By Evans, Patrick
Geographical , Vol. 83, No. 4
'When they have their babies, they use abandoned domestic pastures to rear them,' says Denis Vishnevskiy, as he quietly watches a harem of seven wild Przewalski's horses grazing in the light of the setting sun, just 16 kilometres south of the site of the world's worst nuclear accident at Chernobyl in Ukraine.
Vishnevskiy, an author and ecologist, works for Ekocentre, a Ukrainian government organisation that monitors the environment within the area known as the Chernobyl exclusion zone. 'Wild animals are using what we've left behind,' he continues. 'Perhaps, for human beings, this is a very sad place, but for animals, it's fine.'
Vishnevskiy's words are evocative, but their accuracy is another matter. They form part of a debate that is currently raging over this seemingly benighted patch of land, 90 minutes' drive to the north of the Ukrainian capital of Kiev, and the wildlife that inhabits it.
On one hand, anecdotal and scientific reports suggest that 25 years after the catastrophic graphite fire in the Number 4 reactor released a cloud of radioactive material, local populations of wolf, lynx, elk, wild boar, deer, eagles, bats and other animals, such as these Przewalski's horses, are thriving. Yet a rival scientific position exists, which claims that biodiversity inside the Chernobyl exclusion zone is actually decreasing.
The exclusion zone was created to keep people away from the worst localised radioactive contamination caused by the accident. In recent years, it has become synonymous with the resilience and resurgence of nature, and has attracted numerous scientific studies.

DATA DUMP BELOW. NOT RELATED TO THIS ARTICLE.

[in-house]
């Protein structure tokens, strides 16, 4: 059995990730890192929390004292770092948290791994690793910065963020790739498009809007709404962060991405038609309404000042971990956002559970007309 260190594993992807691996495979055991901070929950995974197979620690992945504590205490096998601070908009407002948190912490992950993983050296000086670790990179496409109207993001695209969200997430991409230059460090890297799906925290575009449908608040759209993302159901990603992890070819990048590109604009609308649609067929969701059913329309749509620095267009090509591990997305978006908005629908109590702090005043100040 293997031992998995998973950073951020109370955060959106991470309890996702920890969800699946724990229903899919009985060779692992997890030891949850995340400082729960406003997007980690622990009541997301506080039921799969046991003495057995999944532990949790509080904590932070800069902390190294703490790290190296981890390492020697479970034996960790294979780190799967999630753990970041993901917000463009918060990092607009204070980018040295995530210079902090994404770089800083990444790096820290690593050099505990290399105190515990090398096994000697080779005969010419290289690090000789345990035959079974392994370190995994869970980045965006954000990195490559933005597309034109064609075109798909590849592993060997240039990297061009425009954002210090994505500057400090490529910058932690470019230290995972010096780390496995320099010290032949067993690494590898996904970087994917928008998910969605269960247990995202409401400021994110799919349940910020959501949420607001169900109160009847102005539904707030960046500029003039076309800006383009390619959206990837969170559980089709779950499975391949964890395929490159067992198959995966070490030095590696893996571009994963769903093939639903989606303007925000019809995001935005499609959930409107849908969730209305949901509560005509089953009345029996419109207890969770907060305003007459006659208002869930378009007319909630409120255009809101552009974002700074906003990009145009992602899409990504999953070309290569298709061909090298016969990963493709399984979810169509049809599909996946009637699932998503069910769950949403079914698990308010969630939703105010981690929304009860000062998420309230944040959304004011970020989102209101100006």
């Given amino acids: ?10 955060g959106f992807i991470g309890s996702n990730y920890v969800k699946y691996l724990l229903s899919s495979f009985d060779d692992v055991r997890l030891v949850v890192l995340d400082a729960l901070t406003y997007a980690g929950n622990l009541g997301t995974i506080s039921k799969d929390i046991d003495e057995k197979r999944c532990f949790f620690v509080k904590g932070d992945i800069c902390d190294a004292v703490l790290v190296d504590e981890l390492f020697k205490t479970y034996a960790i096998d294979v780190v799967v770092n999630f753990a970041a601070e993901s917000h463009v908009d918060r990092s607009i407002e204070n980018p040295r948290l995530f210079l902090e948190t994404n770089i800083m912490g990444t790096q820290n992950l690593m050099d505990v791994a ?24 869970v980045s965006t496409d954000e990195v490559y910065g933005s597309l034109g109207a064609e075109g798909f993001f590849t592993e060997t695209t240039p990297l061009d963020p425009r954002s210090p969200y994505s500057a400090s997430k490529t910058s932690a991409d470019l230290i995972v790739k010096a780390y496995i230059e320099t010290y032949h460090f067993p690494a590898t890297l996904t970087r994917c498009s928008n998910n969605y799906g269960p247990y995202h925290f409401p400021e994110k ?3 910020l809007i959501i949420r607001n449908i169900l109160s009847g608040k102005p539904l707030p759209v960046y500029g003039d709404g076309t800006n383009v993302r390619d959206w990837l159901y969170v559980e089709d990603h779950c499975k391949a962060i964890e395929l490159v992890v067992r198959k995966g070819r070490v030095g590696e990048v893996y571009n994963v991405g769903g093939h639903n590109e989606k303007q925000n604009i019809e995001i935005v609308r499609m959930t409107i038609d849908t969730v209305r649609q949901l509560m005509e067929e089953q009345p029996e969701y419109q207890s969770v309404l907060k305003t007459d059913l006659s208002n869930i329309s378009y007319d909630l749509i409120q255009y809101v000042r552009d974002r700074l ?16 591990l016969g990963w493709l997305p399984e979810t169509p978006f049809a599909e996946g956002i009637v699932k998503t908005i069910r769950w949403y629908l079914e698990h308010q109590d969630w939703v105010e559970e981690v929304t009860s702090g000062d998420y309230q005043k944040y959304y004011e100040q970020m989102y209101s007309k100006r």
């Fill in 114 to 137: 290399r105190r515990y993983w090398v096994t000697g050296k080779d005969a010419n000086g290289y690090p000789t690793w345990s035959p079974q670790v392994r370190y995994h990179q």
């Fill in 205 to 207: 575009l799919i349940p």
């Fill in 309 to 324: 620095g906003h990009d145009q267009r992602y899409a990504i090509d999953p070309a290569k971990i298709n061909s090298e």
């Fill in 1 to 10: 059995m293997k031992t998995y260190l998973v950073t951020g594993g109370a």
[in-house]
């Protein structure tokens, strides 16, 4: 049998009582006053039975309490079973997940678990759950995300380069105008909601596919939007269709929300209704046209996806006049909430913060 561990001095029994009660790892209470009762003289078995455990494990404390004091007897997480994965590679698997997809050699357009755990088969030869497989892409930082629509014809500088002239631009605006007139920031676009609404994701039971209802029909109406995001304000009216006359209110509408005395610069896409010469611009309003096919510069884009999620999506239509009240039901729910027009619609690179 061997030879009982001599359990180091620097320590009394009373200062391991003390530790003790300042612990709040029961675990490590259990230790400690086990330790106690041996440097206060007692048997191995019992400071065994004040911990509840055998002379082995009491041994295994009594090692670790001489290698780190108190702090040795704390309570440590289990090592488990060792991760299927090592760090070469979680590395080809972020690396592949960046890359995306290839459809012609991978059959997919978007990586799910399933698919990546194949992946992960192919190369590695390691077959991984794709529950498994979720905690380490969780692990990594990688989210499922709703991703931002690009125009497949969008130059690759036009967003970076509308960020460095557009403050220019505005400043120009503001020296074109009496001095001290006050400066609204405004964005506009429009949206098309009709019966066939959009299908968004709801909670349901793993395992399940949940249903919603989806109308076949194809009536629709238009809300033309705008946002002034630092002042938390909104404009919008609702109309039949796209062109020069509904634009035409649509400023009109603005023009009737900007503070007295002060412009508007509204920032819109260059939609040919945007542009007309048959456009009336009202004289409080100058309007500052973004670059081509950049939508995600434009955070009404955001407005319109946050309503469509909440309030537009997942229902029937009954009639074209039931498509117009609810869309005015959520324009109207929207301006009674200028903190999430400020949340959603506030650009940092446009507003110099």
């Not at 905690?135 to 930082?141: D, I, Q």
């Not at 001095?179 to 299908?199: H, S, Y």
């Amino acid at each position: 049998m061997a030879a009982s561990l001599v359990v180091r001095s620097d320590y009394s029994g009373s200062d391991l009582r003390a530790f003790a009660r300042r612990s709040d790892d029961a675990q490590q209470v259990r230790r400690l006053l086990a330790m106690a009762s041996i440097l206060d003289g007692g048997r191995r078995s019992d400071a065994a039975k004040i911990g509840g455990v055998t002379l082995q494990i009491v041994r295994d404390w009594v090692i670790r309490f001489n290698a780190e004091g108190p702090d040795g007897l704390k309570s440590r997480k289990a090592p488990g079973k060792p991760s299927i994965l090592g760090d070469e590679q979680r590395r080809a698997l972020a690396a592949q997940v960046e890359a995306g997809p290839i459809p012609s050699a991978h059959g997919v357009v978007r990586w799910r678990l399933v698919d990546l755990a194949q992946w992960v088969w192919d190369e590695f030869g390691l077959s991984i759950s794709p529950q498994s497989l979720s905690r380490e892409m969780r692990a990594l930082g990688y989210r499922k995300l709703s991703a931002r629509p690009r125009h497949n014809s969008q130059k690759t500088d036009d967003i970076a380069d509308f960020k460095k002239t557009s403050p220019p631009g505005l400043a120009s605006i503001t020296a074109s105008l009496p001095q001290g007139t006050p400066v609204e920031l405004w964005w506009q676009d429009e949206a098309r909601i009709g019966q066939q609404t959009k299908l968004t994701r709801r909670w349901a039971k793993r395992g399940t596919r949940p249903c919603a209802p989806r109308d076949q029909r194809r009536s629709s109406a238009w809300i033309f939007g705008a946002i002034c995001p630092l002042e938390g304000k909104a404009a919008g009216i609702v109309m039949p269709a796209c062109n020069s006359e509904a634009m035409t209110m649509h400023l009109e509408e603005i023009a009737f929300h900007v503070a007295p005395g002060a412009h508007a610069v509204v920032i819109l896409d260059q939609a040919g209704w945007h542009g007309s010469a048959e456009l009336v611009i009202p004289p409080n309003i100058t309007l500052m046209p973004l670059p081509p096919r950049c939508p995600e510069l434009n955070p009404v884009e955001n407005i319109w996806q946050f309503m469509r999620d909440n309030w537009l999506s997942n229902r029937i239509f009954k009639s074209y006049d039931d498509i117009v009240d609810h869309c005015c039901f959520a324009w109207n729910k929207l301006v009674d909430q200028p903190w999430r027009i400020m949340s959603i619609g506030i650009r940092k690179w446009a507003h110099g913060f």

The implications of studying radiation's impact on wildlife here are particularly important. Humans are animals, too, so understanding what is happening in the exclusion zone can potentially help us to understand how human populations would cope with being exposed to significant levels of radiation on a daily basis.
Wildlife studies at Chernobyl began a year after the accident, but most of the current debate revolves around a series of recent publications by Dr Tim Mousseau of the University of South Carolina and Dr Anders Moller of University Paris-Sud.
Mousseau and Moller's work is focused primarily on the effects of radiation on mutation rates in birds and insects. In a collection of more than 30 scientific papers published between 2001 and 2011, their work strongly indicates a wide range of negative effects on Chernobyl's wildlife. These range from albinism, sperm irregularities, increased death rates and reduced brain size in birds to reduced abundance of invertebrates including bumblebees, spiders, butterflies and dragonflies.
In their most recent article, published in the Bulletin of the Atomic Scientists, tthey found that in the most contaminated areas, the species richness of the forest bird community was 50 per cent lower than it was in areas with normal background radiation. Even more dramatically, they found a 66 per cent drop in bird numbers overall.
The shock value of Mousseau and Moller's findings inevitably attracts media attention, but they simultaneously draw criticism from rival scientists. Ironically, one of their most vocal critics, Ukrainian radioecologist Dr Sergey Gaschak, who has been working inside the exclusion zone since 1990, worked with them to gather some of their field data.
'Most results reported in Moller and Mousseau's articles are unconvincing, and sometimes very doubtful,' Gaschak says. 'There was only one period and only a few locations in the zone when and where biodiversity reduced after the accident. It was in the most contaminated sites in the vicinity of the destroyed reactor, and in the "hottest" spots of radioactive fallout on remote territories. There was so much radioactivity that few organisms could survive. Indeed, diversity reduced among animals and plants, vertebrates and invertebrates. …